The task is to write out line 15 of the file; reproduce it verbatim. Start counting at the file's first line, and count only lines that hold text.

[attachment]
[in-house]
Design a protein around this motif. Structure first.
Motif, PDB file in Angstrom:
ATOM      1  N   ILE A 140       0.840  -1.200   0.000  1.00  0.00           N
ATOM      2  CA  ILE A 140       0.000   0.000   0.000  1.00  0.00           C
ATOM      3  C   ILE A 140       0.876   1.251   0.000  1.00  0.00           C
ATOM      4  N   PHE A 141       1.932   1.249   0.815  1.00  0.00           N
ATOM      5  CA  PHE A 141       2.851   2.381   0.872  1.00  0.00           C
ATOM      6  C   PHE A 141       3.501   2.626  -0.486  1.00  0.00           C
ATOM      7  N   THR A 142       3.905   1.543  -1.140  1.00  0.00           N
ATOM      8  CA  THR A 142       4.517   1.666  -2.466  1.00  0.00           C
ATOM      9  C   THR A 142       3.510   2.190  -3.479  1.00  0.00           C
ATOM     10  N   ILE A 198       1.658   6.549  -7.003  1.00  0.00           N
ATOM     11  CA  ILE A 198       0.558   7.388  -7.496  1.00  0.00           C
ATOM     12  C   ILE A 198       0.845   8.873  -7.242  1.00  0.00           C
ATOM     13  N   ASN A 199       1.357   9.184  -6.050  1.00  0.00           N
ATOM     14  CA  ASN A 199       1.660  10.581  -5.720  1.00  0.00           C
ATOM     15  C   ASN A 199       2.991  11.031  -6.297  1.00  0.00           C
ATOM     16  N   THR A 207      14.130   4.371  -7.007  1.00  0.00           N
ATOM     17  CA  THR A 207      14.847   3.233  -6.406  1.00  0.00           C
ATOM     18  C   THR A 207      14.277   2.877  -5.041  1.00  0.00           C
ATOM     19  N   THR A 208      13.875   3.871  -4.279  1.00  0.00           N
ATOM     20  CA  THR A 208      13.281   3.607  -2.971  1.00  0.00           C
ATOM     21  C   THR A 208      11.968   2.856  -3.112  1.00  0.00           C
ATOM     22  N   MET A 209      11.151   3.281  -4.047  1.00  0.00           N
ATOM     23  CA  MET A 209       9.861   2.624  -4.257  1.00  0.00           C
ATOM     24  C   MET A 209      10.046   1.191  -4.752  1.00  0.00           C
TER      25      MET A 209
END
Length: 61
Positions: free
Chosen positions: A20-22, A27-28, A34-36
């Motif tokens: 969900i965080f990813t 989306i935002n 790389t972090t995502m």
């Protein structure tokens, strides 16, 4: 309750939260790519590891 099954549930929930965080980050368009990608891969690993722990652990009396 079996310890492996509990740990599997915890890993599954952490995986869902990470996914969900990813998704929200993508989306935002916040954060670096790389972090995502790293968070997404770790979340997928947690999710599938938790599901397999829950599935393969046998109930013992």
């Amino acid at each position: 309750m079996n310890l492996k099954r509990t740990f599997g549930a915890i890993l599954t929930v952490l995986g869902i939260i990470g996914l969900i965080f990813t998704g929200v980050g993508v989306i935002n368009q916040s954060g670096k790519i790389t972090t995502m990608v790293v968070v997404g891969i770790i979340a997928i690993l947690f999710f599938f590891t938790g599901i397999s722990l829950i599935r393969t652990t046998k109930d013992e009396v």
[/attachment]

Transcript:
ATOM     12  C   ILE A 198       0.845   8.873  -7.242  1.00  0.00           C